Our brother seemed as if he would like to get better in the first stage of his illness and this is natural, especially to a young person; but I believe that no murmur escaped his lips and towards the close of his life he became more and more resigned to the will of God. He used to say he was resigned to the Lord’s will. On the Thursday before his death he was heard to pray earnestly for God to prepare him and his partner for what was about to take place and then he was heard to say. “A few more pains and then the last will come”. As the day advanced, he said “God’s will be done and not ours”. On the Friday night he quoted Job xiv.14 “If a man die, shall he live again? all the days of my appointed time will I wait, till my change come;” and again he said “The end of a righteous man is peace; not peace of body but of soul” and further he said “To patient faith the prize is sure and all that to the end endure the cross shall wear the crown.”
He also sent for his father, his brothers and sisters and he earnestly requested them to meet him in heaven. He wanted them to promise him and oh! who could do any other than fulfill the dying request of a son or brother? I ask you in his name – father, brothers, sisters, will you meet him in heaven? May God help you.
On Saturday evening, the 23rd October, the house was nearly full of weeping friends. I think I can never forget his look. That beautiful verse struck me forcibly: “Fearless of Hell and ghastly death, I’d break through every foe; The wings of love and arms of faith would bear me conquer through.”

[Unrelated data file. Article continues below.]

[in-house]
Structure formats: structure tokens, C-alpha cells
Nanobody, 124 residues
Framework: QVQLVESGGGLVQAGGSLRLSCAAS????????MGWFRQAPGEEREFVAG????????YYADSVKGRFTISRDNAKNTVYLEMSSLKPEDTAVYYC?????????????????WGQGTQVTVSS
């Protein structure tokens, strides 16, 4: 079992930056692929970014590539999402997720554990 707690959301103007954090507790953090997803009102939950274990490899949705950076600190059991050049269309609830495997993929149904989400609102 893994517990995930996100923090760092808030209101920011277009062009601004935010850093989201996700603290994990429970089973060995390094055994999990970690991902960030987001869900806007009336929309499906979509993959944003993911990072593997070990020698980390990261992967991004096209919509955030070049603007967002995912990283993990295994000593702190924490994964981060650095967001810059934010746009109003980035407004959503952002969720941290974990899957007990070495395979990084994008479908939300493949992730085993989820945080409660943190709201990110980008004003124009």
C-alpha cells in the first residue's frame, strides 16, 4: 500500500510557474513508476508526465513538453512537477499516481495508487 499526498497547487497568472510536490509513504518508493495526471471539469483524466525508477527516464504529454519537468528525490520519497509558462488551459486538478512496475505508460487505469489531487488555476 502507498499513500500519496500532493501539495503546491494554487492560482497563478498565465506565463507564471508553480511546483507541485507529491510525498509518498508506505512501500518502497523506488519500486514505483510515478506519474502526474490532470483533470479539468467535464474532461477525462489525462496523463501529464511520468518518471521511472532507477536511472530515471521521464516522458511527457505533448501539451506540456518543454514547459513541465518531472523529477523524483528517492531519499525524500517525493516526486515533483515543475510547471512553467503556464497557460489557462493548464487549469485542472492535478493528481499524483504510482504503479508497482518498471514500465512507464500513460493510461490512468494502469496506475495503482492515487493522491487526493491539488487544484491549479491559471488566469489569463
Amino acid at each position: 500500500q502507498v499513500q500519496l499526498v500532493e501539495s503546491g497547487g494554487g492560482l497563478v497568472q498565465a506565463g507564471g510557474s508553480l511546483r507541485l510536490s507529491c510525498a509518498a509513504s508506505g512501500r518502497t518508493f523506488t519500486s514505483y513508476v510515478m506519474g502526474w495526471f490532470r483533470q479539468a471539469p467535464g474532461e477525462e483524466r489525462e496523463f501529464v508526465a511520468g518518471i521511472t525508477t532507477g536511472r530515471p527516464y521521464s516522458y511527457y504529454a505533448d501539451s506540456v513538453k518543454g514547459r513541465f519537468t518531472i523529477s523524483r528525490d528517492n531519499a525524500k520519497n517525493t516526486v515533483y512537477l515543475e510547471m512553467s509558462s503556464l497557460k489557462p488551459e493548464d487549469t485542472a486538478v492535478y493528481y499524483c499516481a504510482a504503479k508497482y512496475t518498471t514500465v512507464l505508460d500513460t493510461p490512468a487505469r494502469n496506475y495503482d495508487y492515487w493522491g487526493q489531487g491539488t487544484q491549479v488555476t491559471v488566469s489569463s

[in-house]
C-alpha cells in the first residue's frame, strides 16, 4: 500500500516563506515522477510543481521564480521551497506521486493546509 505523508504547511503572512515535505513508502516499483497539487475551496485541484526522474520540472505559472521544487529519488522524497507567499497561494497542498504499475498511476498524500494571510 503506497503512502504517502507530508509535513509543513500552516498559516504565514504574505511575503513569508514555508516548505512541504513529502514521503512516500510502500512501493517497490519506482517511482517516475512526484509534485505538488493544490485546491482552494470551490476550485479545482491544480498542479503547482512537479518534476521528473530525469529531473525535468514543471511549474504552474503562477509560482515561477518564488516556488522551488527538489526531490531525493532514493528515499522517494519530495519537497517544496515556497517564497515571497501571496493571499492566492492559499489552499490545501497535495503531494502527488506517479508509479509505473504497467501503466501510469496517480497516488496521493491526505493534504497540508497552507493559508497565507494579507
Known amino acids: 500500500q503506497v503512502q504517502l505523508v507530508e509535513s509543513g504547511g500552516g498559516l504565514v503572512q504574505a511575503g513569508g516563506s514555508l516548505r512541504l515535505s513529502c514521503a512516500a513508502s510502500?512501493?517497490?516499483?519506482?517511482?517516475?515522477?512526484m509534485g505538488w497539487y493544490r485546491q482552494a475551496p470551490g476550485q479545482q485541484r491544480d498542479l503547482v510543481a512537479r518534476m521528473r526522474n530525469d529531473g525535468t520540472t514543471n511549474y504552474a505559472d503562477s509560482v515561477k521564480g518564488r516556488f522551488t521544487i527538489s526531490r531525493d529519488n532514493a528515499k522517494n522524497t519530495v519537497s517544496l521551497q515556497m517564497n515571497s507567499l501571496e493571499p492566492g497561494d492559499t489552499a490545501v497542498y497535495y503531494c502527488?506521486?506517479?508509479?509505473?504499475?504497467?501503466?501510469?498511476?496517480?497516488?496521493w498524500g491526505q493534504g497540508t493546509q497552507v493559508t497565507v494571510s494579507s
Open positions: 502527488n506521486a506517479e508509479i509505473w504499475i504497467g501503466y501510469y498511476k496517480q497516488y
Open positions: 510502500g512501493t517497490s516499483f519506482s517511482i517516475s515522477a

His last audible words were to his child “Poor Annie soon be without father”. I breathed a silent prayer for him and a few minutes later death struck the final blow and all that remained to us of our brother was his body; his happy spirit had winged its way to the realms of bliss.
Bro. Frank Bottom was possessed of many amiable qualities. He had an honest, upright heart, ever disdaining to do an evil action; full of manly independence, he loved to preserve his freedom to the utmost, allowing all persons the same right. He has gone to his rest esteemed and regretted, for he was held in high reputation by many who knew him. He died on 23rd October and was interred at Thornhill Parish Church. I have mused beside his grave more than once since then and I am hoping by-and-by to meet him on the other shore. Brothers, sisters, – “we shall meet him ‘mid the holy and the blest”.
The tribute is rather romanticised, but does give us some insight into the life and times of Frank Bottom.
Frank had died at the age of 30, when Frank and Amelia’s only remaining child was five years old. Five years after Frank’s death, in 1880, his widow, Amelia had another child, Clara Bottom, to Thomas Adamson. Amelia went on to marry Thomas, who already had five children from a previous marriage, and they had another child together, Harriet Adamson, born in 1884. Clara took the name Adamson, but Annie continued to have the name “Bottom”. Annie continued to live with the Adamson family along with her step-brothers and step-sisters and two half sisters.
Annie looked after her father’s bible and the memorial to her father until she passed it on, in old age, to her grandson Stanley. Little did she know how much information she had salvaged for us over a hundred years later.